** I’ve been a little worried about the 3-year-old filly division. Monomoy Girl was very impressive winning the Rachel Alexandra, but Road to Victory, who edged her in the strongly run Golden Rod last fall, has no works this year as of this writing, and divisional champion Caledonia Road is recovering from an ankle chip.

But on Saturday, Midnight Bisou alleviated some of my concerns with a very sharp score in the Santa Ysabel at Santa Anita. True, the Santa Ysabel became an easier spot when Dream Tree scratched because of the wet track, but Midnight Bisou handled the two turns in her first route try beautifully, and she is most definitely one of the stronger ones in her division.

(I loved that Midnight Bisou had her tail tied up for the Santa Ysabel. It used to be that everyone tied their horses’s tails back on wet track days to avoid picking up pounds of mud that could accumulate in an untied tail during a race. Given the way so many things are parsed in this game now, I don’t understand why more trainers don’t do this for their horses on wet track days.)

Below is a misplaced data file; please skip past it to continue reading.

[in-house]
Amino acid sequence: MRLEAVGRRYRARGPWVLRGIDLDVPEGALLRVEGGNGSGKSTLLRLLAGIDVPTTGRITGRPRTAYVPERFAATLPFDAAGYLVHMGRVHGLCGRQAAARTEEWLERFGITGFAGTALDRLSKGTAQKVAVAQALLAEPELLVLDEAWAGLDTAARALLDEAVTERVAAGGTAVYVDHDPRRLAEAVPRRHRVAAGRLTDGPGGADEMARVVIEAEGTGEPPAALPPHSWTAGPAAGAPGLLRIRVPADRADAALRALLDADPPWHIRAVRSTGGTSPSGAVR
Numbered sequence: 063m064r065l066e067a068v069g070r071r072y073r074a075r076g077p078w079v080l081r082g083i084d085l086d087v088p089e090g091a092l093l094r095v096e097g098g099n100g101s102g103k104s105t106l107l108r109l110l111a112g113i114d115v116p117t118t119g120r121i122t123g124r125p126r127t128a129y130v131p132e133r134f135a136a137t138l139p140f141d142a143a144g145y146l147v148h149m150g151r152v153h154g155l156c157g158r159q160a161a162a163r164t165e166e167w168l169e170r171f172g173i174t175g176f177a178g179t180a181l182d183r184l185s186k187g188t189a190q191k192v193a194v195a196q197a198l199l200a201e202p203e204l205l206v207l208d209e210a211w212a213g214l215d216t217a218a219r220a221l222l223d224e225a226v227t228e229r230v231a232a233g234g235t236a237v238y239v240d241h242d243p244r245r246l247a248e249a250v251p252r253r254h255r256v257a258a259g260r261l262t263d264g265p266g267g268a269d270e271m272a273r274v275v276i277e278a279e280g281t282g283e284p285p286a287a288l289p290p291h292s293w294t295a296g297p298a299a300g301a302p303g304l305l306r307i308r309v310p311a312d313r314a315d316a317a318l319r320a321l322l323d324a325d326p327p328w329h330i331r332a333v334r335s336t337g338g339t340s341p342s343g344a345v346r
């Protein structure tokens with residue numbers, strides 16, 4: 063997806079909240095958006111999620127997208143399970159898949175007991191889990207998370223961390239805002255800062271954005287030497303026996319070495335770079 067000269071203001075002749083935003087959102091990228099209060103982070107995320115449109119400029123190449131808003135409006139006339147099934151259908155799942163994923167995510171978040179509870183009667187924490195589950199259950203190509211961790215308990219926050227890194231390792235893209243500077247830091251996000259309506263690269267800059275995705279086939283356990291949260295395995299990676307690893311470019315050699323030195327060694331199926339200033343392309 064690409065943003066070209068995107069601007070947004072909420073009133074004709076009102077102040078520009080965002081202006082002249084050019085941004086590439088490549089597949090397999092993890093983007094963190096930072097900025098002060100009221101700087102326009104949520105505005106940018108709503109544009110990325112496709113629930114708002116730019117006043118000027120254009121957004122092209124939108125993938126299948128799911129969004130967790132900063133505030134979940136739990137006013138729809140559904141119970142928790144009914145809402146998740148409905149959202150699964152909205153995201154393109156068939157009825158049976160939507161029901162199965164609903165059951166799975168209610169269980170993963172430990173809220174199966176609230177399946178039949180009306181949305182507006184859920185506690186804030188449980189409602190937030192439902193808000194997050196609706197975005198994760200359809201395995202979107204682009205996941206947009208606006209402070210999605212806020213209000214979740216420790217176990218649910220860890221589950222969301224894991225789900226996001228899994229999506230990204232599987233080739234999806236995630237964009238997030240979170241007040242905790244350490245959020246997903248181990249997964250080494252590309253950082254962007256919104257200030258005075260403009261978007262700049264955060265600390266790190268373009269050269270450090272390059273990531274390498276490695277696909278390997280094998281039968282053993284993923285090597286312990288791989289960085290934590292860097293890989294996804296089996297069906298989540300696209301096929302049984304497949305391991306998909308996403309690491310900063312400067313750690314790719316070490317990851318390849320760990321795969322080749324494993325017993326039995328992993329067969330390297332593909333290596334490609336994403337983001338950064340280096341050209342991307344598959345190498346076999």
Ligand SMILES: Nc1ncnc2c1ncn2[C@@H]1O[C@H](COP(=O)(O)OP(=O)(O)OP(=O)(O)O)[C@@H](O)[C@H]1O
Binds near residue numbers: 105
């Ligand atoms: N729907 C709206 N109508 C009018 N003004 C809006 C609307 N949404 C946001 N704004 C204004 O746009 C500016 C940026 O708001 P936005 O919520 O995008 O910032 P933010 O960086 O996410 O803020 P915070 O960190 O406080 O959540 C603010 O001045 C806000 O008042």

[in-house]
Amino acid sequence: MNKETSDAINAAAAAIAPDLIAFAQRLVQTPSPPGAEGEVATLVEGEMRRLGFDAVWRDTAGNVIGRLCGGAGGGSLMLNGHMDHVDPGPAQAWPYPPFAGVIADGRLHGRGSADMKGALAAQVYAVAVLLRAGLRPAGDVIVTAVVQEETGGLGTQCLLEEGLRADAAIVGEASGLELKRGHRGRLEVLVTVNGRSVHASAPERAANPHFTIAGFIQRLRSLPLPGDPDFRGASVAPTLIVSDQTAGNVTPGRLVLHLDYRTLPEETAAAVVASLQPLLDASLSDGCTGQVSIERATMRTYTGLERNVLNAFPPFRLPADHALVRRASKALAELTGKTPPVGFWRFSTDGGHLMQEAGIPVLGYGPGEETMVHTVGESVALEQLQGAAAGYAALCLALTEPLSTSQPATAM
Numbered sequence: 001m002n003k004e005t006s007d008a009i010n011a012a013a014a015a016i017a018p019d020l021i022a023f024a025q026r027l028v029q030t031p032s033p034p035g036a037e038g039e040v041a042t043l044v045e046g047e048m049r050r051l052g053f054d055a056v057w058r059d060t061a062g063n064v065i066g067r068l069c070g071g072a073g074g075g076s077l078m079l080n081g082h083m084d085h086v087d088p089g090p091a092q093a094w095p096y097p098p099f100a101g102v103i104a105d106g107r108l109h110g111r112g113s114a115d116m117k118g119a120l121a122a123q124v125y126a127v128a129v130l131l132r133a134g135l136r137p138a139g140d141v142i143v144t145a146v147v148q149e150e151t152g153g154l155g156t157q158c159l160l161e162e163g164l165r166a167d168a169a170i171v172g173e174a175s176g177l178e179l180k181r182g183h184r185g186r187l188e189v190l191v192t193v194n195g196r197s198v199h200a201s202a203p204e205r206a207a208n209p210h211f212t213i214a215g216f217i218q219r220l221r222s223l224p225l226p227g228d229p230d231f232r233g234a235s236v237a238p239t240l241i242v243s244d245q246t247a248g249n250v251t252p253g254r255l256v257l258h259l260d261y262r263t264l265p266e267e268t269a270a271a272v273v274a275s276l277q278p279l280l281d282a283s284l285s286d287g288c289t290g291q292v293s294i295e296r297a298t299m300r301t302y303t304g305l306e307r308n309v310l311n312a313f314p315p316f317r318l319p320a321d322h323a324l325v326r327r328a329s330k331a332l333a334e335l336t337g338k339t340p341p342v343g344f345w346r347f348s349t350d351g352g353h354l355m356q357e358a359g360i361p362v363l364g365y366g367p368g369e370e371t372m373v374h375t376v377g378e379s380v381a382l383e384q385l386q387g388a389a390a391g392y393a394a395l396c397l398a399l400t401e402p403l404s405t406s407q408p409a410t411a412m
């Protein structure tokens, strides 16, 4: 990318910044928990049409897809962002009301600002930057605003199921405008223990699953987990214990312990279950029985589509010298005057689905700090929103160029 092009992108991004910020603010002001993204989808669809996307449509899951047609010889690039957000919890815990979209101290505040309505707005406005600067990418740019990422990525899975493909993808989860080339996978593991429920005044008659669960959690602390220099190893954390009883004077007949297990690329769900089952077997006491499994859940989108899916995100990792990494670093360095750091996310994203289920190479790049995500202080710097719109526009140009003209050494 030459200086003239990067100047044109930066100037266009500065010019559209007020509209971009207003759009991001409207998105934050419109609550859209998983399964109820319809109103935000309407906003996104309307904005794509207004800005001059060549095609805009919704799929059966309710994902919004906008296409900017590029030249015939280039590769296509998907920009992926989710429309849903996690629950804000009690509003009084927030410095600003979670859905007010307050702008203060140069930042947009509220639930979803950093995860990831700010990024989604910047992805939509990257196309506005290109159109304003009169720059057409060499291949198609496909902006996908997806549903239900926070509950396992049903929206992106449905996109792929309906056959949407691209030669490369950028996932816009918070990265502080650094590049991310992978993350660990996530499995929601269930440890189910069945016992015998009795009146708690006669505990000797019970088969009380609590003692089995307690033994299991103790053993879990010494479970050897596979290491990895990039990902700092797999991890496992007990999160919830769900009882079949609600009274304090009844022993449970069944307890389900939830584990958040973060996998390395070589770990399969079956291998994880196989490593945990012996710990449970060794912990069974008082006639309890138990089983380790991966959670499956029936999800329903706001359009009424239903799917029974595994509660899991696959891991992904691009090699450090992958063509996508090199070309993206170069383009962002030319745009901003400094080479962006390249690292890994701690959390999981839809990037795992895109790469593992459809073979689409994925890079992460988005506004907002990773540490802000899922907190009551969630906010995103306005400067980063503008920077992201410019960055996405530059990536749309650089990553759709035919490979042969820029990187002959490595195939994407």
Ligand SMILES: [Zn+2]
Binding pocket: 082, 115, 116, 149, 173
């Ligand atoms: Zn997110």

Fly So High extended her win streak with another decisive score in Gulfstream’s Davona Dale for 3-year-old fillies. Everyone is relieved that whatever it was that caused Fly So High to be vanned off post-race seems to be nothing, but her winning preliminary Beyer of 83 was 11 points shy of Midnight Bisou’s in the Santa Ysabel, and that is cause for pause.